Tourism Management BA (Hons)
This course combines specific sectorial issues including industry structure, culture, policy and social responsibility within key management areas of Finance, Human Resources, Marketing and Strategy.
Central to the programme is a commitment to self-directed enquiry through project work and research and the exploration of opportunities to encounter and engage with tourism a real cultural issue and key business sector.
- Available in Clearing
- UCAS Code – N500 | With placement year N835
- Location – York campus
- Duration – 3 years full-time | 4 years with placement year
- Start date – September 2019
- School – York Business School
Minimum Entry Requirements
96 UCAS Tariff points
3 GCSEs at grade C/4 or above (or equivalent) including English Language
UK and EU 2019-20 £9,250 per year
International 2019-20 £12,750 per year
York Business School
Studying Tourism Management offers a number of opportunities in a wide variety of contexts. Whether you are thinking of setting up your own business, working in a large corporation or the public sector you will need to possess the right set of skills, and have an understanding of how businesses operate and how skilled managers can contribute to their success.
Due to our location at the heart of one of the great cities which attracts tourists from all over the world we are able to access many tourism resources on our door step. The University has excellent links with many tourist sites across the city, in particular the public body with overall responsibility for the tourism in the city, Visit York.
One of the highlights of the Tourism programmes at York Business School is an international field trip in the second year. Most recently staff and students flew to New York City for a week to explore the destination.
Our Tourism programmes are recognised by the Tourism Management Institute (TMI).
The TMI is the professional body for destination management practitioners, with members drawn from all levels of the private and public sectors. Assessment and recognition by TMI means that students can be confident the course will provide them with knowledge, understanding, skills and experience which will fully prepare them for a career in tourism destination management.
Preparing for Business: This module will give a broad awareness of the fundamentals in business from a financial, economic, marketing and organisational perspective. The skills learned can be applied to any business organisation but learning for this module will be likely to give greater emphasis to a small business environment with the aim to make the interdependencies of the above areas more apparent. The fundamentals will be delivered in the lecture with the aim of giving all learners a basic awareness of the various disciplines and the associated issues that may arise.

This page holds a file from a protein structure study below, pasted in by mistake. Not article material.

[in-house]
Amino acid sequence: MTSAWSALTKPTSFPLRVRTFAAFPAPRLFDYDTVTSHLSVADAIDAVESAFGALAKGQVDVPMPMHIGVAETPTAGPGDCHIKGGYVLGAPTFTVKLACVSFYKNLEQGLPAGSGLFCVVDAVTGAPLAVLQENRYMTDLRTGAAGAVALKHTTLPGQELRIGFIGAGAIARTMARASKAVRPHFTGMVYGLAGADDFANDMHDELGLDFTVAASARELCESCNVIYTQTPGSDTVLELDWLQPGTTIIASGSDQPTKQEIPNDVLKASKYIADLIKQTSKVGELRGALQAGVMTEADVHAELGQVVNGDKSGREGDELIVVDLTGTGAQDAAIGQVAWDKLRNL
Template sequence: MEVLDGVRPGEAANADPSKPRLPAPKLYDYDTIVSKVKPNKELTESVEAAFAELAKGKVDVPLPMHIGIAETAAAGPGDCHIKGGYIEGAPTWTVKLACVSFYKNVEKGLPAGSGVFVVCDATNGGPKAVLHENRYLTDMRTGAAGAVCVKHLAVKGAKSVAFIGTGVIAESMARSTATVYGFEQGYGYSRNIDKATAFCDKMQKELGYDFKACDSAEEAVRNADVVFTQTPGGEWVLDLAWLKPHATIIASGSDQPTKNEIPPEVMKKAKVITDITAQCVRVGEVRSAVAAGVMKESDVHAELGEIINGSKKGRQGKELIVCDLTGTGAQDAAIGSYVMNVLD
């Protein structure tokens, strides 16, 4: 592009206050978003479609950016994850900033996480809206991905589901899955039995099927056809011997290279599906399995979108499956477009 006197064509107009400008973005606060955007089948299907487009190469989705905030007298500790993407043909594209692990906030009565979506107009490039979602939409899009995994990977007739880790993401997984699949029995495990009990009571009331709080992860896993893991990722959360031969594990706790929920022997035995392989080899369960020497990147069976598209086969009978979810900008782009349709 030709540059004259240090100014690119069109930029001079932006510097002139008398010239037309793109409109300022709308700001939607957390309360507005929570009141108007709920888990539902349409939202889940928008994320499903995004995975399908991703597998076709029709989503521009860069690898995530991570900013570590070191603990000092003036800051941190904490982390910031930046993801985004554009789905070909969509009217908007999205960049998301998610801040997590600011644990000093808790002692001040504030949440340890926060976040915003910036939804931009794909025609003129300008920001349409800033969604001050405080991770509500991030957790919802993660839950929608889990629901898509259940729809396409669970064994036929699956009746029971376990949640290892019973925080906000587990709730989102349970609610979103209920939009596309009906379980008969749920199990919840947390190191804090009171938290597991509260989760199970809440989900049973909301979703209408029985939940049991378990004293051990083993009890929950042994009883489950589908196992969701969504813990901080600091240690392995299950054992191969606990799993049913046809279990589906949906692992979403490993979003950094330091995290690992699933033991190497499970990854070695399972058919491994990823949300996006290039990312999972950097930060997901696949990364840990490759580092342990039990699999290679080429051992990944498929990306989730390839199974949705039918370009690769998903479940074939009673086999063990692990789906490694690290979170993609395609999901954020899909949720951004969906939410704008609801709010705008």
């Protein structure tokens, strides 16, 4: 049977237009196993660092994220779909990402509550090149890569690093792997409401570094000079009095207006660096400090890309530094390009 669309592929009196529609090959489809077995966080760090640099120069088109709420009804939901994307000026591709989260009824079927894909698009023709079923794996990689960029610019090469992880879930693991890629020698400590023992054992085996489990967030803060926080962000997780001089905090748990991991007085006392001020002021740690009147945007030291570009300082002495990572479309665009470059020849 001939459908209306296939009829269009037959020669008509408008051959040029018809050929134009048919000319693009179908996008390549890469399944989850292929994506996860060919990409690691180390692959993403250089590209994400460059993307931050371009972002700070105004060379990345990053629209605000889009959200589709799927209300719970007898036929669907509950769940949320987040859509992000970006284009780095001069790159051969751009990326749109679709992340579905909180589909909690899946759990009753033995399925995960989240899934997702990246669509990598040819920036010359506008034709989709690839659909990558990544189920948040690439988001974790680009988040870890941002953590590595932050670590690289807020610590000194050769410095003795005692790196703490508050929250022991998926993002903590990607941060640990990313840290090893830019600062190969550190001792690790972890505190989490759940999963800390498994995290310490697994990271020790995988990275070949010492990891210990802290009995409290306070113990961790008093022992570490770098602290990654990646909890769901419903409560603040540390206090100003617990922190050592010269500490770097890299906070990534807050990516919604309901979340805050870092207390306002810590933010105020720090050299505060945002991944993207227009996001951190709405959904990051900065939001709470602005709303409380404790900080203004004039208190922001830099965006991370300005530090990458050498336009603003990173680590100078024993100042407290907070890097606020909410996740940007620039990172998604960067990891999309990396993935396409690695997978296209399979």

Responsible Business: This module examines the nature of business enterprise and its relationship with wider society, seeking answers to the question: what does it mean for businesses to behave responsibly? There is an ongoing debate regarding this question, with answers ranging from ‘just maximize shareholder value’ to ‘consider everyone who is affected, including unborn future generations’, with many variations in between. In this ongoing debate we encounter ideas regarding, for example, stakeholder theory, the triple bottom line, corporate social responsibility, business ethics, the role of the state or of supra-national organizations, and so on. This module aligns well with the mission of the PRME (Principles for Responsible Management Education) (PRME) initiative to inspire and champion responsible management education. The challenge in this module of applying ideas from a complex ongoing debate to contemporary business and societal issues will support students in the development of both academic and employability skills.
Organisational Behaviour: This module is designed to develop students’ knowledge, awareness and understanding of one of the most challenging focuses facing organisations today - the role, relations and relevance of people in the workplace. The purpose of this module is to examine and critically assess a number of key concepts and issues associated with behaviour in organisations. It is designed to develop students’ understanding of the key characteristics of work organisation, the context of organisational behaviour, and how a number of different organisational variables affect individual and organisational performance. Organisational Behaviour is interdisciplinary in its approach. During the module students will have the opportunity to apply different theoretical and disciplinary perspectives to understanding how the themes and tensions of OB relate to managers and workers, as well as society and culture more widely.